An embodiment of the invention provides methods, instrumentations, and associated algorithms and software for both highresolution and high detection efficiency that lead to lower image noise and artifactfree synthetic aperture SPECT images for objects including small animals of different sizes.
 Also, an embodiment of the present invention provides design parameters, hardware settings, and data acquisition methods for optimal imaging of objects with different sizes.
 In one embodiment, a SPECT imaging technique for imaging objects including small animals of different sizes using a multipinhole collimator is provided. The embodiment provides both highresolution and high detection efficiency leading to lower image noise, and artifactfree, synthesis aperture SPECT images. Prior systems can only achieve either highresolution or high detection efficiency. For example, systems that do not involve overlapping synthetic apertures result in detection efficiency that is inferior than the embodiment of the present invention can provide. Other systems that involve too many synthetic apertures result in lower resolution and potentially severe reconstructed image artifacts.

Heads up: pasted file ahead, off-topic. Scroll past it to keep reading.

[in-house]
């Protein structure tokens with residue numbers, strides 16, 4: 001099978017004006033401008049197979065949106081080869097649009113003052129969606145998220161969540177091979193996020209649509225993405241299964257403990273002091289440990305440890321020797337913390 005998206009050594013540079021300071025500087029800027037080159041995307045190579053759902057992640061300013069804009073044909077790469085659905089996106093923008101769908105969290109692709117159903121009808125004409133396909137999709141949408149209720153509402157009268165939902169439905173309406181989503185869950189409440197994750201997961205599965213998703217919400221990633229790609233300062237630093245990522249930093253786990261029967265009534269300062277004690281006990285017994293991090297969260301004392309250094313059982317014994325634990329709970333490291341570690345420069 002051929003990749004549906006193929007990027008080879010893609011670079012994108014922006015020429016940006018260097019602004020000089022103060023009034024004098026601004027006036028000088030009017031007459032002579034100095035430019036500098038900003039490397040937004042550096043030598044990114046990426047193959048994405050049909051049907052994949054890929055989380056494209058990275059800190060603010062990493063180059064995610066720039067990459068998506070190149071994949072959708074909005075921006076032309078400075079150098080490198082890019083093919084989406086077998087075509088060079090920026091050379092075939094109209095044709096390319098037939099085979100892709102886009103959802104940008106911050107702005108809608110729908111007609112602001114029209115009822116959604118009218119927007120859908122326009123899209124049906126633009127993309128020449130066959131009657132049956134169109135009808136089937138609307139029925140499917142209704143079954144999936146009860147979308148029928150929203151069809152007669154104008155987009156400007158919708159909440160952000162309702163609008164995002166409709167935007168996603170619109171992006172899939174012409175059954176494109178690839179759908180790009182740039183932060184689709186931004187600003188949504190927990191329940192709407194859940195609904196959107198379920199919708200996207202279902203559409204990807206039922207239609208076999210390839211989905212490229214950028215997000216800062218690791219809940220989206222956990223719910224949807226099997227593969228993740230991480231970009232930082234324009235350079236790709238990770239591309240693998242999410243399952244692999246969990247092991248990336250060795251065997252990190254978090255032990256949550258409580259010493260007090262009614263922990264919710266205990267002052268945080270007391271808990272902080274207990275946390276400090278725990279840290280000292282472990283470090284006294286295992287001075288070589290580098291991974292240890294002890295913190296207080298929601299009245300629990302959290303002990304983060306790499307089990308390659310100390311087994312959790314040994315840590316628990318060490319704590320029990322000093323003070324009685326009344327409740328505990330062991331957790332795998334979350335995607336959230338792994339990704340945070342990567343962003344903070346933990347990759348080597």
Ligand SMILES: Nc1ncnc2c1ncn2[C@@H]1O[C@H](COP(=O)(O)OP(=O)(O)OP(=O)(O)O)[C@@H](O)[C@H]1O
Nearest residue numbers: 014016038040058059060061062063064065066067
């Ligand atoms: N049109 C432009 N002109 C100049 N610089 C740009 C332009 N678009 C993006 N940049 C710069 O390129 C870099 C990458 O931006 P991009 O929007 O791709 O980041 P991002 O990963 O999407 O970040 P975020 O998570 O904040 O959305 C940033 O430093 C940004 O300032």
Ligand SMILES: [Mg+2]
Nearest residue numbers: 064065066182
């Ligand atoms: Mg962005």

That is, embodiments of the present invention provide tradeoff between highresolution and high detection efficiency and minimal image artifacts using extensive optimizing methods including theoretical derivation, image reconstruction algorithms, simulation studies, and experimental studies.
 Embodiments of the present invention also include a system design and data acquisition techniques that account for imaging objects of different sizes. The result is an instrumentation with an optimal number of synthetic apertures, optimal degree of overlapping synthetic aperture projections, mathematical algorithms and associated software to reconstruct the overlapping projections to provide almost artifactfree images with highresolution and low image noise.